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Celebrating turning Eighty

My husband, Julian, our five children and spouses, eight of our nine grandchildren and three great-grand children gave me a marvelous birthday weekend. They rented a large suite at the beautiful Montgomery Bell State Park near us and decorated it with a New Orleans and Mardi Gras Theme complete with Dixie Land Music, Mardi Gras Masks, beads, balloons, flowers, and all kinds of tinsel spirals and confetti. There was an awesome feast of New Orleans foods. I was born in New Orleans, baptized in the St. Louis Cathedral and lived in the Pontalba Apartments on Jackson Square in the French quarter.  We moved when I was six,and I have lived since 1961 in Tennessee, but somehow New Orleans and the French Quarter are still my hearts home.  My grown children also put some poster size and other smaller collages of pictures of me from the various stages of my life all over the walls along with signs and pictures of New Orleans.  I thought that was cool, until they started snapping photos of eighty year old me next to twenty and thirty year old me.  No fair!

St. Louis Cathedral where I was baptized. Right across from Jackson Square and catty-corner to our apartments.  Mom told me we went to the French Market for coffee and pastries every morning.  

 

I’m not very good at posting photos.  I couldn’t get them to stay in a reasonable line.  They started stringing out.

Various ages…..none 80!!!

My only daughter Julie, and her husband Scot and son Jake came from Memphis. Julie found all the decorations for the New Orleans theme and they all spent a whole lot of time decorating.  The rooms  looked out over the lake and woods.   And my daughter-in-law, Molly fixed chicken and linguini and pineapple upside down cake and peach cobbler.  Julie baked both chocolate covered and coconut topped cupcakes…..and of course there was lots of ice cream. Yum!

 

Parasol Princess, great-granddaughter Eisley here from Seattle. Her dad, Josh, just back  to Seattle from Hawaii surprised me by coming also.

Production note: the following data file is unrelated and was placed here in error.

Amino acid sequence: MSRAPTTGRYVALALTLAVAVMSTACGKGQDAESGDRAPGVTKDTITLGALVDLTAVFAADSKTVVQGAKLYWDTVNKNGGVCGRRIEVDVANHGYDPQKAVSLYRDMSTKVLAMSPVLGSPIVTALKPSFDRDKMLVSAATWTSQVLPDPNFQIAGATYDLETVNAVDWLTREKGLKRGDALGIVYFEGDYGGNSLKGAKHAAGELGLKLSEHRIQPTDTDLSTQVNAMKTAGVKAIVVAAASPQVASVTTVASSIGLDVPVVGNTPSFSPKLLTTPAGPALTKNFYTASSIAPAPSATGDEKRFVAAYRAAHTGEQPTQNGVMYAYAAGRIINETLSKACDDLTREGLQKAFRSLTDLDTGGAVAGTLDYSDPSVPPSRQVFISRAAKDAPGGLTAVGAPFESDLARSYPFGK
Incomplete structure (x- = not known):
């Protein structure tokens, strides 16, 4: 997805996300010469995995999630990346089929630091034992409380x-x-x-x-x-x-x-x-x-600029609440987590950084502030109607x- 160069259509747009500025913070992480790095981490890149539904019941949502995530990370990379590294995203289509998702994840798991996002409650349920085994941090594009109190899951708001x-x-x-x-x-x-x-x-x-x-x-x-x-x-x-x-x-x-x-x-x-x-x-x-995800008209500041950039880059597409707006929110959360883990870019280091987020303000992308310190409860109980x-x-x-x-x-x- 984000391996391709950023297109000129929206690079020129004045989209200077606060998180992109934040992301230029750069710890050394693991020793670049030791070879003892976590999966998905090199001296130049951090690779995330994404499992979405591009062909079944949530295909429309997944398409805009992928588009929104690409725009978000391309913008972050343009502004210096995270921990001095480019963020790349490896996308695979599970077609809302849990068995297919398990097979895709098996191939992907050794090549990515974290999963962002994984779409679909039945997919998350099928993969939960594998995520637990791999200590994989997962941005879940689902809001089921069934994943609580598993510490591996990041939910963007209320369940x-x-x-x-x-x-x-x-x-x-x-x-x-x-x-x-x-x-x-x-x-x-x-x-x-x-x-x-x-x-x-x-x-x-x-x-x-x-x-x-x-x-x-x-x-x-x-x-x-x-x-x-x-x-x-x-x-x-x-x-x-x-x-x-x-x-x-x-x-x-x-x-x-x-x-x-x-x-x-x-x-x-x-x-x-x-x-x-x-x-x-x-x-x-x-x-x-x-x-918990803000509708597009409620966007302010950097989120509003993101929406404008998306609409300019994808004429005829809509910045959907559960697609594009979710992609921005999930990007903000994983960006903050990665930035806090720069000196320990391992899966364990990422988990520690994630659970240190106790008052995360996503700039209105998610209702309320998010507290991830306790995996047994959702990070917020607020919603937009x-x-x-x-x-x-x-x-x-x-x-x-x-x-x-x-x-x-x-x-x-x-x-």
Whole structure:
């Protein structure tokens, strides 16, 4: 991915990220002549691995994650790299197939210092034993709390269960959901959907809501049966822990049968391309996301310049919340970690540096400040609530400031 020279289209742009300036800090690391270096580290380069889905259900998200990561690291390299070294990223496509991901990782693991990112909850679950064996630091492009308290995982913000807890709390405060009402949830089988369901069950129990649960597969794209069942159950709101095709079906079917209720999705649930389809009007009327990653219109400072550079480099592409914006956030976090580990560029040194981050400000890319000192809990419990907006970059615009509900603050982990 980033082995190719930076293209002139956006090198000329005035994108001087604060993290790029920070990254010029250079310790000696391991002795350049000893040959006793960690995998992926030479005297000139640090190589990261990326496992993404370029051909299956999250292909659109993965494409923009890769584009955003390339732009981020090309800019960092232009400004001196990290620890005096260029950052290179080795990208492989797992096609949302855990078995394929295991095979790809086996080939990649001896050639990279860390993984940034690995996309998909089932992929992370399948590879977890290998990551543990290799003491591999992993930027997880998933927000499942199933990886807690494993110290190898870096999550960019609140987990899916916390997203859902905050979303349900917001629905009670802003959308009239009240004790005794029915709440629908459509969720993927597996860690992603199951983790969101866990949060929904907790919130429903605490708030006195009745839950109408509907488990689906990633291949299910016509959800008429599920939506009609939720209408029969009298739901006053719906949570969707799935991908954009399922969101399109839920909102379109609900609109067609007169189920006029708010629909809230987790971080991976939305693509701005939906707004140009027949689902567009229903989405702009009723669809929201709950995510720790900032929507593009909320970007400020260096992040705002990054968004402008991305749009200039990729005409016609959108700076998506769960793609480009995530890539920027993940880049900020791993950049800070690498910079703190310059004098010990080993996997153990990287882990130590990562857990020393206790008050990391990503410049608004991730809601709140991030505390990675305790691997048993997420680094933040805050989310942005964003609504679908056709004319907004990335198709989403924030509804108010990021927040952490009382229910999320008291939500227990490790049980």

Parasol Queen Eileen from New Orleans.  With  twelve year old granddaughter Emma sitting next to me.   Julie gave me the spangled shawl and the wonderful parasol.                                                

Jambalaya, Shrimp and Grits, Red beans and Rice, Shrimp and pasta with garlic sauce. and more. Here our third son, Steve, from Atlanta is helping Julie. (Or getting himself some wine!)

Presents! Yay!  But the best presents were son Mike and son -in-law Patrick in for the first time in a year from Cambodia where they teach at an Orphanage for children.  And our Julie’s son Jordan who was in from Bolivia where he teaches fifth grade.

 

Here I’m with my mom in New Orleans. Of course I fell and skinned my nose and got my dress dirty right before the Newspaper photographer came. Klutz is my middle name.  I hadn’t looked at this photo or the one with my dad in a long time.  My husband found them and gave them to the kids to put up.  Very poignant for me to look at these at my age.  My parents have been gone a very long time.  

 

Here I’m a Senior in High School in Houston

Not quite 80 in this one. I confess it’s one of my better little old lady pictures.

Last year at my husband Julian’s eightieth birthday with our five children.

With my dad, then  a newspaper reporter in New Orleans,                                                                                                                   later City Editor of the Houston Post. He grew up in New Orleans.  Any way, having such a loving family, good memories,  and such a fun celebration came a long way toward making being eighty seem pretty good.

 

 

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Rediscovering my Muskrat Ramble Self

The challenges of old age and the feeling that time is running out have tended to bring out my sadder, wiser self.

The other day I watched a movie, A Little Bit of Heaven, and glory be, there was my old New Orleans’ French Quarter Self, just dancing like crazy to Dixieland bands. And remembering and loving the diversity of the French Quarter: black Dixieland bands, the St. Louis Cathedral, drag queens, street corner evangelists, jazz and blues drifting out of clubs into the street,  pirate  hangouts, like Jean Lafitte’s blacksmith shop, Antoine’s, Brennans, Antiques Stores, Rock and Weed Shops, the Cabildo, where slaves were once auctioned, tourists of every shape and size from Kansas to Japan, a clump of Baptist Sunday school teachers, huddled together for protection from all that blatant humanity,walking so closely knit that they looked glued together, nuns in traditional habits, Voodoo artists hawking their luminous paintings and potions.

I love it! I love it! I love it!   All of it.

This is US,  people……this wondrous, awful, frightening, lost, saved, becoming, struggling humanity; one and all beloved by a God so huge, complex, and awesome that He/She cannot be fathomed, only experienced and celebrated.

Taste and see the Goodness!

The same movie gave me my funeral….out doors, Dixieland band playing When the Saints Go Marchin In, Swing Low Sweet Chariot, St. Louie Woman, and you got it, Muskrat Ramble.   Lots and lots of balloons, yellow flowers, wine, cappuccino, po-boys, shrimp, french bread, and everybody dancing.

I may need to have this before I die, so I get to enjoy it too.

It sounds weird, but I am excited about my funeral.

And I am so enjoying my old Muskrat Ramble self.